News & Commentary

December 18, 2023

Morgan Sperry

Morgan Sperry is a student at Harvard Law School and also serves as OnLabor's Social Media Director.

In today’s news and commentary, the Biden Administration prepares to defend a rule that extends organizing rights to farmworkers on temporary visas, and a majority of college athletes want to unionize.

The Biden Administration is gearing up for litigation over Department of Labor regulations that intend to expand organizing protections for farmworkers on temporary visas. Having been (and remaining) excluded from the NLRA, farmworkers lack the organizing protections that other employees enjoy. The Department of Labor’s proposed rule would add new protections for worker self-advocacy, better protect workers against retaliation, make foreign labor recruitment more transparent, and enhance the department’s enforcement. The Chamber of Commerce and allied critics have submitted public comments—available on—questioning whether certain components of the proposed rule are permissible under existing court precedent.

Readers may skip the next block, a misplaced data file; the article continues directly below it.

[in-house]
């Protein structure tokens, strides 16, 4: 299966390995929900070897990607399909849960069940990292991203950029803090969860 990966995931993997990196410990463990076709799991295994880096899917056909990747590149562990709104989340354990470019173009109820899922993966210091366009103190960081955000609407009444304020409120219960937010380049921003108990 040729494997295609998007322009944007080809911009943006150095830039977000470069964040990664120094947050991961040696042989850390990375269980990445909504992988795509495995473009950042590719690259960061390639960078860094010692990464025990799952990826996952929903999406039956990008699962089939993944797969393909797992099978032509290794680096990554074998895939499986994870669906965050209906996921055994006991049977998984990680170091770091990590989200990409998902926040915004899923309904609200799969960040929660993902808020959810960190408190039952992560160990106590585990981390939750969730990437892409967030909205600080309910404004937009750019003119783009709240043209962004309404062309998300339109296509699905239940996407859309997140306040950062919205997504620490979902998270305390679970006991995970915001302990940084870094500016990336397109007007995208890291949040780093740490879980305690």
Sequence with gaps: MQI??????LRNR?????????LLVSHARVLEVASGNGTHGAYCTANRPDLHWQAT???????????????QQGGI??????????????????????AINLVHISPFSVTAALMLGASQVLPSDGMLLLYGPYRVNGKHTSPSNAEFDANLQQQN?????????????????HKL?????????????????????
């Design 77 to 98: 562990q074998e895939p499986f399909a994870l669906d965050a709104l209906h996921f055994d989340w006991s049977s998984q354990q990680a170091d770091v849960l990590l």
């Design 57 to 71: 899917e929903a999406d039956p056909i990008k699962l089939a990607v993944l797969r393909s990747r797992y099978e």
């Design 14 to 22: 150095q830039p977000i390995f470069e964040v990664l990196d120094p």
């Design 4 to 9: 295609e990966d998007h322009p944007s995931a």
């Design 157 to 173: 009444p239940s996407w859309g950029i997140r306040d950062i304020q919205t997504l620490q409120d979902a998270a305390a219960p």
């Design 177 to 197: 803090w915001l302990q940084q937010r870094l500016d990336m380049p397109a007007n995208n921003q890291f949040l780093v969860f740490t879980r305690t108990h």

A new poll indicates that a majority of college athletes want to unionize. While the NCAA dropped its prohibition on permitting college athletes to profit off of their names and likenesses in 2021, the National Labor Relations Board has not weighed in on the issue of whether athletes can form labor unions since 2015, when it declined to assert jurisdiction to answer the question of whether Northwestern University football players who received grant-in-aid scholarships were employees within the meaning of the NLRA. Earlier this year, the Dartmouth men’s basketball team petitioned the NLRB for a union election, giving the Board another opportunity to decide the question. Meanwhile, athletes in the ACC, Big Ten, Big 12, PAC-12, and SEC all support unionizing.

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